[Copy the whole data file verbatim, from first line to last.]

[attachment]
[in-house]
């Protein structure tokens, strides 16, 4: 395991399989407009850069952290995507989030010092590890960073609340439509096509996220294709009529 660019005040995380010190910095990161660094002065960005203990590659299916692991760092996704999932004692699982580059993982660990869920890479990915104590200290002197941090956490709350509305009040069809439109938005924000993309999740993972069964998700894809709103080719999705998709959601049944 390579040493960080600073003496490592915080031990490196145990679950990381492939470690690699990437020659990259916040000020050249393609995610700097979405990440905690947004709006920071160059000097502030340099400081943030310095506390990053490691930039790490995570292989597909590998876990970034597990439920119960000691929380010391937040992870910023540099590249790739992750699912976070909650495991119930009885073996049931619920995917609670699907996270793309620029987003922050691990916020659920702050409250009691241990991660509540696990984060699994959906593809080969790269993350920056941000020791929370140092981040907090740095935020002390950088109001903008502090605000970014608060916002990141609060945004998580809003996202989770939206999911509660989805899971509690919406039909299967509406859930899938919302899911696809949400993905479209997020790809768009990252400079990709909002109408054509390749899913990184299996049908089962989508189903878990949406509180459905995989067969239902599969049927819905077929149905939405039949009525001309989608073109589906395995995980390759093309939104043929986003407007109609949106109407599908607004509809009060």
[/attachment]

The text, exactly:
[in-house]
């Protein structure tokens, strides 16, 4: 395991399989407009850069952290995507989030010092590890960073609340439509096509996220294709009529 660019005040995380010190910095990161660094002065960005203990590659299916692991760092996704999932004692699982580059993982660990869920890479990915104590200290002197941090956490709350509305009040069809439109938005924000993309999740993972069964998700894809709103080719999705998709959601049944 390579040493960080600073003496490592915080031990490196145990679950990381492939470690690699990437020659990259916040000020050249393609995610700097979405990440905690947004709006920071160059000097502030340099400081943030310095506390990053490691930039790490995570292989597909590998876990970034597990439920119960000691929380010391937040992870910023540099590249790739992750699912976070909650495991119930009885073996049931619920995917609670699907996270793309620029987003922050691990916020659920702050409250009691241990991660509540696990984060699994959906593809080969790269993350920056941000020791929370140092981040907090740095935020002390950088109001903008502090605000970014608060916002990141609060945004998580809003996202989770939206999911509660989805899971509690919406039909299967509406859930899938919302899911696809949400993905479209997020790809768009990252400079990709909002109408054509390749899913990184299996049908089962989508189903878990949406509180459905995989067969239902599969049927819905077929149905939405039949009525001309989608073109589906395995995980390759093309939104043929986003407007109609949106109407599908607004509809009060």